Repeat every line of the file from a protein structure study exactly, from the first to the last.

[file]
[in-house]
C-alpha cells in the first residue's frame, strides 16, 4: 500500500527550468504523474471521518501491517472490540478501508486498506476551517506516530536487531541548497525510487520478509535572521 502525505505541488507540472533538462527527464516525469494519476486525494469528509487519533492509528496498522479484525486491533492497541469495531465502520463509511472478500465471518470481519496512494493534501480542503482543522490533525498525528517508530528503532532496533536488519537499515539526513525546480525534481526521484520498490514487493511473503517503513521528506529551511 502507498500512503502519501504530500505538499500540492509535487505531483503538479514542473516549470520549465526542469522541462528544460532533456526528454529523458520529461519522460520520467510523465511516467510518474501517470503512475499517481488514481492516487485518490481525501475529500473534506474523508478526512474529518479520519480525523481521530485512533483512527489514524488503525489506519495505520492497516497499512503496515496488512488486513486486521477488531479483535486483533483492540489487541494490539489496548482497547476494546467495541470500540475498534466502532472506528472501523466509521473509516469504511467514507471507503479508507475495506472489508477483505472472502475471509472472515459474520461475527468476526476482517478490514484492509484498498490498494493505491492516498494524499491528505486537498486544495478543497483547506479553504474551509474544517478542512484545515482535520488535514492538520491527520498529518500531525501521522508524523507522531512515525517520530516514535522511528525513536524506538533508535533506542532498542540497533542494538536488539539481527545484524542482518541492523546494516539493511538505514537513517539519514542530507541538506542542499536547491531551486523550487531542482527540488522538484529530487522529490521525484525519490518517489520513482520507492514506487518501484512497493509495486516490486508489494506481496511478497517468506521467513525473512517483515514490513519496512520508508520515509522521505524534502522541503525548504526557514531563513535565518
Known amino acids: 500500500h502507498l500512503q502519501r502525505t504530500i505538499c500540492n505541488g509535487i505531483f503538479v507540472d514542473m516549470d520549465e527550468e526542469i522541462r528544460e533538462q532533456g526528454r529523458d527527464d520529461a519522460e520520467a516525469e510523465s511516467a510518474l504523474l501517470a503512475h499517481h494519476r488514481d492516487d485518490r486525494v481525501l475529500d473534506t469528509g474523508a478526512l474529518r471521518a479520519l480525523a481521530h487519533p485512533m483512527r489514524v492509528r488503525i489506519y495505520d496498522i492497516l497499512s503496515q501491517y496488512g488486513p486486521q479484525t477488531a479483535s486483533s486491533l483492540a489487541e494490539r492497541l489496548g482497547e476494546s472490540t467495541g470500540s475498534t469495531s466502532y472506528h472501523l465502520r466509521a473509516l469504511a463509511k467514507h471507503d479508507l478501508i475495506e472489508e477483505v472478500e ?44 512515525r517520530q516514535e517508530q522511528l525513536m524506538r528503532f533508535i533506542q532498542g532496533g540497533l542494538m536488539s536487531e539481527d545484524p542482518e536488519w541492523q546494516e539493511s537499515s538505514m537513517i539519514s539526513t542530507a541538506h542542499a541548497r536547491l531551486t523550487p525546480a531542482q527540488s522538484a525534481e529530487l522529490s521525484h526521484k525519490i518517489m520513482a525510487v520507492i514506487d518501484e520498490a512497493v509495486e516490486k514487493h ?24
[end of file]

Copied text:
[in-house]
C-alpha cells in the first residue's frame, strides 16, 4: 500500500527550468504523474471521518501491517472490540478501508486498506476551517506516530536487531541548497525510487520478509535572521 502525505505541488507540472533538462527527464516525469494519476486525494469528509487519533492509528496498522479484525486491533492497541469495531465502520463509511472478500465471518470481519496512494493534501480542503482543522490533525498525528517508530528503532532496533536488519537499515539526513525546480525534481526521484520498490514487493511473503517503513521528506529551511 502507498500512503502519501504530500505538499500540492509535487505531483503538479514542473516549470520549465526542469522541462528544460532533456526528454529523458520529461519522460520520467510523465511516467510518474501517470503512475499517481488514481492516487485518490481525501475529500473534506474523508478526512474529518479520519480525523481521530485512533483512527489514524488503525489506519495505520492497516497499512503496515496488512488486513486486521477488531479483535486483533483492540489487541494490539489496548482497547476494546467495541470500540475498534466502532472506528472501523466509521473509516469504511467514507471507503479508507475495506472489508477483505472472502475471509472472515459474520461475527468476526476482517478490514484492509484498498490498494493505491492516498494524499491528505486537498486544495478543497483547506479553504474551509474544517478542512484545515482535520488535514492538520491527520498529518500531525501521522508524523507522531512515525517520530516514535522511528525513536524506538533508535533506542532498542540497533542494538536488539539481527545484524542482518541492523546494516539493511538505514537513517539519514542530507541538506542542499536547491531551486523550487531542482527540488522538484529530487522529490521525484525519490518517489520513482520507492514506487518501484512497493509495486516490486508489494506481496511478497517468506521467513525473512517483515514490513519496512520508508520515509522521505524534502522541503525548504526557514531563513535565518
Known amino acids: 500500500h502507498l500512503q502519501r502525505t504530500i505538499c500540492n505541488g509535487i505531483f503538479v507540472d514542473m516549470d520549465e527550468e526542469i522541462r528544460e533538462q532533456g526528454r529523458d527527464d520529461a519522460e520520467a516525469e510523465s511516467a510518474l504523474l501517470a503512475h499517481h494519476r488514481d492516487d485518490r486525494v481525501l475529500d473534506t469528509g474523508a478526512l474529518r471521518a479520519l480525523a481521530h487519533p485512533m483512527r489514524v492509528r488503525i489506519y495505520d496498522i492497516l497499512s503496515q501491517y496488512g488486513p486486521q479484525t477488531a479483535s486483533s486491533l483492540a489487541e494490539r492497541l489496548g482497547e476494546s472490540t467495541g470500540s475498534t469495531s466502532y472506528h472501523l465502520r466509521a473509516l469504511a463509511k467514507h471507503d479508507l478501508i475495506e472489508e477483505v472478500e ?44 512515525r517520530q516514535e517508530q522511528l525513536m524506538r528503532f533508535i533506542q532498542g532496533g540497533l542494538m536488539s536487531e539481527d545484524p542482518e536488519w541492523q546494516e539493511s537499515s538505514m537513517i539519514s539526513t542530507a541538506h542542499a541548497r536547491l531551486t523550487p525546480a531542482q527540488s522538484a525534481e529530487l522529490s521525484h526521484k525519490i518517489m520513482a525510487v520507492i514506487d518501484e520498490a512497493v509495486e516490486k514487493h ?24